Appreciating Santa at Any Age
November 25th, 2016 by Sharon Naylor


Carry on the spirit of the jolly red elf even after the youthful wonderment fades

When kids are little, they glow with the anticipation of Santa’s arrival, perhaps sitting with glee on Santa’s knee for photos. But as they get a bit older, there is a different feel to the holidays as their sense of wonder about Santa Claus changes.

How do you keep the spirit of Santa in your holiday celebrations when the magic of St. Nick fades?

The key is to help children’s appreciation of Santa evolve into an appreciation for what Santa represents: joy, giving, family togetherness and kindness.

During the weeks leading up to the holiday, sit down and talk about the meaning of the holiday season—a spirit that can stay in the heart all year long.

Ask your child to list the values Santa represents, and share your list. Take each value—such as giving—and have the child list ways he or she can exemplify that value.

For instance, your child may think of giving holiday gifts to a children’s hospital or nursing home, or collecting his or her outgrown toys to donate to charity, all in the Santa-inspired sense of giving.
Here are some values to inspire you:

  • Kindness. Create a holiday tradition of leaving complimentary notes for members of your family. Your child can do something kind for a sibling, parent, neighbor or friend.
  • Family togetherness. If your child is old enough to participate in family holiday gatherings, such as Christmas Eve dinner, invite him or her to help create the dinner menu, design place cards or make a list of holiday songs to play.
  • Joy. Encourage your child to write in a holiday joy journal, listing the things he or she is grateful for and what brought joy that day. The journal might be a great place for your child to list how he or she brought joy to someone else that day.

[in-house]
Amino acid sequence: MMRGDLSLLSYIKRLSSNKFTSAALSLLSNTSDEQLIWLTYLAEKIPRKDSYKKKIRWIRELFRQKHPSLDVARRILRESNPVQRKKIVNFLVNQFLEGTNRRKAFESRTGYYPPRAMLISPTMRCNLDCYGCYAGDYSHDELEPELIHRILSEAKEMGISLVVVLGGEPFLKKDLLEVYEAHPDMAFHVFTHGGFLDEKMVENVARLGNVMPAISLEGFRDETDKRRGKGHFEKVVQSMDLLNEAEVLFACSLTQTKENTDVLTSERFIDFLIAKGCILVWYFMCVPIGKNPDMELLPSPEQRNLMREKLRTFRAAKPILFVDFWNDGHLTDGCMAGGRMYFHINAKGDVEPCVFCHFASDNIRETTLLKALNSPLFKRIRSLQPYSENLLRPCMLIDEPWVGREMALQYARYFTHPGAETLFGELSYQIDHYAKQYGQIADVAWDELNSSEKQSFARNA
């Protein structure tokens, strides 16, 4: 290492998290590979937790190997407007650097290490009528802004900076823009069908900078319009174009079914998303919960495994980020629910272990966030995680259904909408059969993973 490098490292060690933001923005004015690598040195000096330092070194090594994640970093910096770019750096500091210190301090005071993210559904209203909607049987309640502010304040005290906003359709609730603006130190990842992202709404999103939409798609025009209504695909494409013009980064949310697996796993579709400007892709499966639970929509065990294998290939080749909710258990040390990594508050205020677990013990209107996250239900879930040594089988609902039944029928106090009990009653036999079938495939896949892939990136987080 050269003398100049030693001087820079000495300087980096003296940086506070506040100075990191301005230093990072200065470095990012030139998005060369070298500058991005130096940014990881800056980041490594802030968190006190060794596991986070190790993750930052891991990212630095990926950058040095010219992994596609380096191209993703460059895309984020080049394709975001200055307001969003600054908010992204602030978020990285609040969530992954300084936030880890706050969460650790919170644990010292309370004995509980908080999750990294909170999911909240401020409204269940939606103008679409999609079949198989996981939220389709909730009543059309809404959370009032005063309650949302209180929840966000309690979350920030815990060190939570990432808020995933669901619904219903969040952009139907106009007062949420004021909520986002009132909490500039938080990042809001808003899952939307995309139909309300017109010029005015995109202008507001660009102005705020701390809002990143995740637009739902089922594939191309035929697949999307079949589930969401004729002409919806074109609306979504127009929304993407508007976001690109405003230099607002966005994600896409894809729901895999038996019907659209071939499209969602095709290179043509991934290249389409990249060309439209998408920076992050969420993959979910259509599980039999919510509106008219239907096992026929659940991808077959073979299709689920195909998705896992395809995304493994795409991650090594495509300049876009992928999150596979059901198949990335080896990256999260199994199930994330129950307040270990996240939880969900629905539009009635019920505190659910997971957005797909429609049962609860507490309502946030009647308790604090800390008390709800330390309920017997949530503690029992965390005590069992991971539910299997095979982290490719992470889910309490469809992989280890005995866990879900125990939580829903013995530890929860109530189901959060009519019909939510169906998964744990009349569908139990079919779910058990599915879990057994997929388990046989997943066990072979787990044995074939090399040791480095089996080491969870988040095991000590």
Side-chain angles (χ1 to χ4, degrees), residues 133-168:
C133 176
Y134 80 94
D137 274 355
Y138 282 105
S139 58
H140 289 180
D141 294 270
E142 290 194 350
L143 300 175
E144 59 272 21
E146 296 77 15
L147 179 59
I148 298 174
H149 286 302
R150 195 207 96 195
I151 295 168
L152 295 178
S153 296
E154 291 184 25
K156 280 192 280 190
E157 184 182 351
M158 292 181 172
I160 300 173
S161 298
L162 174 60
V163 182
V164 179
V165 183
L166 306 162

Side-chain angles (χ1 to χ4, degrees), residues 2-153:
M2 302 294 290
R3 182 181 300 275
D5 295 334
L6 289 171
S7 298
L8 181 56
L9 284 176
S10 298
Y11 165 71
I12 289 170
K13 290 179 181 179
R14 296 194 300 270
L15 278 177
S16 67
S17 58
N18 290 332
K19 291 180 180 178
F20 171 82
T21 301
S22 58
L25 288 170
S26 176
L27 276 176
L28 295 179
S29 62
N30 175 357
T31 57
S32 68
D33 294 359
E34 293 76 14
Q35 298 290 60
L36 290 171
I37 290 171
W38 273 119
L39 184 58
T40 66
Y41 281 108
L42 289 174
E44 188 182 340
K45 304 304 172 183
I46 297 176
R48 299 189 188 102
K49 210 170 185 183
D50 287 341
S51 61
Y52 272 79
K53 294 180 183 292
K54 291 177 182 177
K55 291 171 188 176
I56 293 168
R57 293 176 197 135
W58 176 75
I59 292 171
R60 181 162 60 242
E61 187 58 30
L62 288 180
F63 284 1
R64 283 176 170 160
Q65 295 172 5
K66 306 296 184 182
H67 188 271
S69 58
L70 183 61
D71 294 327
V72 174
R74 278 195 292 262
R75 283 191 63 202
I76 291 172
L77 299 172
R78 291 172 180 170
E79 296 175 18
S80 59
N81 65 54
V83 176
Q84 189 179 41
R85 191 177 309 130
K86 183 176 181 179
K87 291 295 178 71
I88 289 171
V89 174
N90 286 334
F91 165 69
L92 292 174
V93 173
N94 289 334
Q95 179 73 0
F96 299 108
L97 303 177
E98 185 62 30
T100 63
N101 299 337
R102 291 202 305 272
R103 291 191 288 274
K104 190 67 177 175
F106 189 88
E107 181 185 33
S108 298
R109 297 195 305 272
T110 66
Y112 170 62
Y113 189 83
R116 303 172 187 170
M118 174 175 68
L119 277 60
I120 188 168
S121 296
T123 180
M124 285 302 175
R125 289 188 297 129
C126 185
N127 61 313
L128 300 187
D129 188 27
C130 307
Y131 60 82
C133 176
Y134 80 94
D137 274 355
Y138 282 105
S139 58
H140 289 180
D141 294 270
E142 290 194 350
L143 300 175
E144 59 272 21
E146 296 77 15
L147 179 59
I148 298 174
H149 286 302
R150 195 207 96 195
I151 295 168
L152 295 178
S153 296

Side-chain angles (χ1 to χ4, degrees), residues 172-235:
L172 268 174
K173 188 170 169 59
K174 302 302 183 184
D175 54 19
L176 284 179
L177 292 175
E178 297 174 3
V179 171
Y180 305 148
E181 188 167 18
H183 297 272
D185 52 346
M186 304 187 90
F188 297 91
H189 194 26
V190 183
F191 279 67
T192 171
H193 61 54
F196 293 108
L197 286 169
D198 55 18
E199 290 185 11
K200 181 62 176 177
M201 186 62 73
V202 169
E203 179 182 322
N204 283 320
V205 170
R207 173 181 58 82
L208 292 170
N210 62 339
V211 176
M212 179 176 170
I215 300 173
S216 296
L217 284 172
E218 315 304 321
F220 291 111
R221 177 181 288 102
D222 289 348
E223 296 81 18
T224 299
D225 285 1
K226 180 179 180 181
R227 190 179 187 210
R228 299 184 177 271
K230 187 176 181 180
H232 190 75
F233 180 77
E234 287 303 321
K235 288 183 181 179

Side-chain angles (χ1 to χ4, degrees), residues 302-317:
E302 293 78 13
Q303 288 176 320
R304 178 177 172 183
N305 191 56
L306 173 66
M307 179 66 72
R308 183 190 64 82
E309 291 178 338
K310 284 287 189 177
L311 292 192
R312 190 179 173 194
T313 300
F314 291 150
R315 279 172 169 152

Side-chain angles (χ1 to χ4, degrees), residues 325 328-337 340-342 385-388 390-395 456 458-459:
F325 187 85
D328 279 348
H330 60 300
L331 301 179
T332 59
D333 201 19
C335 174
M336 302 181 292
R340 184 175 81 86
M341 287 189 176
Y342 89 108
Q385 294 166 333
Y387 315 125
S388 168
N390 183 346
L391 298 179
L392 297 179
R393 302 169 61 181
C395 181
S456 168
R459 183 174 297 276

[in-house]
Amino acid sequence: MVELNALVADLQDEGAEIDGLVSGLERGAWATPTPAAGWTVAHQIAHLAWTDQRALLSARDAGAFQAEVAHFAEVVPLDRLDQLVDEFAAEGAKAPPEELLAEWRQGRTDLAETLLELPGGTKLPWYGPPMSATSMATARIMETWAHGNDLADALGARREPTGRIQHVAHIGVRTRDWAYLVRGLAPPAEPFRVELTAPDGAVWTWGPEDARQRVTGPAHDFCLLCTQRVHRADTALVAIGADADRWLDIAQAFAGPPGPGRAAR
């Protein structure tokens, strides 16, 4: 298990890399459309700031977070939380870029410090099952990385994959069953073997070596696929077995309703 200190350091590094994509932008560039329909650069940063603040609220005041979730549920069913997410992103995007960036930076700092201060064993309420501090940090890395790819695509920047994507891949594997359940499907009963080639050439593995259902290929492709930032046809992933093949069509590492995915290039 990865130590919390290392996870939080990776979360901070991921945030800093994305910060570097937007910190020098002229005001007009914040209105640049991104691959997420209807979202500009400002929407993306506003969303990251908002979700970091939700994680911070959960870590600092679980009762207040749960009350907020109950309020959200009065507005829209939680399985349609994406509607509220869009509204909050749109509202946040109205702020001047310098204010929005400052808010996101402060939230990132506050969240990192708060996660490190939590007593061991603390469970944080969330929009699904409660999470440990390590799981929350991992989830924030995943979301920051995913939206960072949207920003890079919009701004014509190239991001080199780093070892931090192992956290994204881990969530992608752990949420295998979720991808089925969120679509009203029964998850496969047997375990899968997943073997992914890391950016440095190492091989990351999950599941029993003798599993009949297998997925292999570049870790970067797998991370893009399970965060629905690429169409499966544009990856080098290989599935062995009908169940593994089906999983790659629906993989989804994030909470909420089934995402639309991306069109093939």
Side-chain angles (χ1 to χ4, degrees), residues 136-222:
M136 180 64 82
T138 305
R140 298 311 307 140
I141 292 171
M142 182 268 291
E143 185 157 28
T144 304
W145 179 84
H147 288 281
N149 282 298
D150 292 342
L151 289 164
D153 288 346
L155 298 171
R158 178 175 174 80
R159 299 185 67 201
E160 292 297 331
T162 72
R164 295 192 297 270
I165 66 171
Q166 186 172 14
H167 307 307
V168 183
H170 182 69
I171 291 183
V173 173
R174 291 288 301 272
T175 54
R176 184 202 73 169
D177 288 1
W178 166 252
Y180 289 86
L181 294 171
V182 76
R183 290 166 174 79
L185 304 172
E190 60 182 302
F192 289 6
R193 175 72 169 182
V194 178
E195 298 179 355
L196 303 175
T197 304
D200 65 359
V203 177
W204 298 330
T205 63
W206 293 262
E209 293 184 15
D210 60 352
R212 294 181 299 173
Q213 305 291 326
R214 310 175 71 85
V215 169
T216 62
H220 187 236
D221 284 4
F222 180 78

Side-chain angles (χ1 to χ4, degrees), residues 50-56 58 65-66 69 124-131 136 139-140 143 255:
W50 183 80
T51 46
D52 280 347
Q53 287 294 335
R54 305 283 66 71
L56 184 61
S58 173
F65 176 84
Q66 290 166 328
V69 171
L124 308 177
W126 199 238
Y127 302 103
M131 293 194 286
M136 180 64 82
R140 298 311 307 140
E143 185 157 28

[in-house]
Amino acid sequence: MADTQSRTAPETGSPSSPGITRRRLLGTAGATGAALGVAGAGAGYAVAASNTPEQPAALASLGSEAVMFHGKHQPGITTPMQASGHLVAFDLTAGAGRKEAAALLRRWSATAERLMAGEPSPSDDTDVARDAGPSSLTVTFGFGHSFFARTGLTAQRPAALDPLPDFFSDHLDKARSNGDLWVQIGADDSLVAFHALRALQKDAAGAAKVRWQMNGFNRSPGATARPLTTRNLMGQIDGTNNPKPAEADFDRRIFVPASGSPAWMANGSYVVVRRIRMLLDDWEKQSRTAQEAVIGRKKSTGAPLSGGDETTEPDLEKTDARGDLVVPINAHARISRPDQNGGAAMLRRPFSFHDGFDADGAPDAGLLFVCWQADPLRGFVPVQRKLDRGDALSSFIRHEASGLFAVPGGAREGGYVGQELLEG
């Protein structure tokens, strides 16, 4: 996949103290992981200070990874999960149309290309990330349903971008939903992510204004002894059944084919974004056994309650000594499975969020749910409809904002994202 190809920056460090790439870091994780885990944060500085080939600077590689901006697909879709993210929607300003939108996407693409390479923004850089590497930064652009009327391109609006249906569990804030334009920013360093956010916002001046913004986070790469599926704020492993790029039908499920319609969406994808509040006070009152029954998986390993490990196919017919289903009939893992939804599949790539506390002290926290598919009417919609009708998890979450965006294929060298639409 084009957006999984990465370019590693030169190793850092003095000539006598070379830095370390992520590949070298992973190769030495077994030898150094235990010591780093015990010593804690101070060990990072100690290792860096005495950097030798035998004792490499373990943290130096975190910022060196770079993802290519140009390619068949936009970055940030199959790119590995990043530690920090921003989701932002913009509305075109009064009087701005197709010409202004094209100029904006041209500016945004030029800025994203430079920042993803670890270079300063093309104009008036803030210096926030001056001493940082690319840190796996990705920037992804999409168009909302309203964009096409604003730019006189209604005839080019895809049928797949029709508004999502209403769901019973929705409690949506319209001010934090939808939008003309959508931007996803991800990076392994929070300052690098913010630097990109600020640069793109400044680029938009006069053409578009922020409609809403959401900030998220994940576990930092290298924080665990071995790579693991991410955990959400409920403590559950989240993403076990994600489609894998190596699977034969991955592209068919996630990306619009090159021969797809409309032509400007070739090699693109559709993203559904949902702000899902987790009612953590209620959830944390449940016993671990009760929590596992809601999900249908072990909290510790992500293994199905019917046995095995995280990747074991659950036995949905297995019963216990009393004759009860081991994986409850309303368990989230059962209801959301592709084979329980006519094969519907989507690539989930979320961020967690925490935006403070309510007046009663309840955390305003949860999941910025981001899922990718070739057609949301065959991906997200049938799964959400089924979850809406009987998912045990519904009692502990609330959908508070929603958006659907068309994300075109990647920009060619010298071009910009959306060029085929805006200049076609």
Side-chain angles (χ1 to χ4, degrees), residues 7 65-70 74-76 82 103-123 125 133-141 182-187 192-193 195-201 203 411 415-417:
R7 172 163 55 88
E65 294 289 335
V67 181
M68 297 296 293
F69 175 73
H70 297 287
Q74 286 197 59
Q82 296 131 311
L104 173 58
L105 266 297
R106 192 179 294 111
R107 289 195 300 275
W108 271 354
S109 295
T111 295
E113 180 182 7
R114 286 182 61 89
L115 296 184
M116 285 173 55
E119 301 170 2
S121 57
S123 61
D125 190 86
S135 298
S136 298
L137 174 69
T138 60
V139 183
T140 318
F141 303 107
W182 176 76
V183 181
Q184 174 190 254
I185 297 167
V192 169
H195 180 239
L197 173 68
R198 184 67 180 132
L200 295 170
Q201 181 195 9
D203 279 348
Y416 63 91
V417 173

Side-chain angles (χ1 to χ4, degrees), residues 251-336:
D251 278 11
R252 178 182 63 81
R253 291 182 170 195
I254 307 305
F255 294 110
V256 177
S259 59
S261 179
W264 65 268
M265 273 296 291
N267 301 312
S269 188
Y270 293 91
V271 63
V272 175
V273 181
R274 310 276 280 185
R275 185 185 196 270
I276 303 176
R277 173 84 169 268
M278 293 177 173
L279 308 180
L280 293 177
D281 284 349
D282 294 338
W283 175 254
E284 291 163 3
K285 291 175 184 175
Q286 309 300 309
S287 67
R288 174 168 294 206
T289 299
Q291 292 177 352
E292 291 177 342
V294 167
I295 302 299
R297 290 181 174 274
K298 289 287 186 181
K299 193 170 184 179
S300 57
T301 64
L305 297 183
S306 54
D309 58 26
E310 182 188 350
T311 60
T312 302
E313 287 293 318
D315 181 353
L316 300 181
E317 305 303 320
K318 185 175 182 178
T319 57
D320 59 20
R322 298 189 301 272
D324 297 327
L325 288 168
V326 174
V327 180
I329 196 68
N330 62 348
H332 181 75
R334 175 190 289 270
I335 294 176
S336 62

• Giving. Give your child the opportunity to learn the art and value of giving to others. Make him or her responsible for choosing gifts for each member of the family, thinking about what each person might like, shopping with you and wrapping the presents. Gifts do not need to be expensive. At present-giving time, your child sees the recipient’s joy.

“Christmas is one of the most important celebrations for Christians around the world, but it can also be one of the most stressful,” says Debby Mayne, etiquette expert at “Between the crowded shopping malls and people’s expectations, we all run the risk of feeling let down, which can lead to tension and bad behavior. Avoid letting this happen by taking breaks to think about what the holiday is truly about.”

Children also can join in decorating the house, buying or, even better, making holiday ornaments and decorations—which may become gifts for others.

Making it OK to appreciate Santa’s lessons and image can inspire your child.

Debby recommends including a good etiquette lesson, too: to send thank-you notes for all gifts received, with personalized messages written by your child.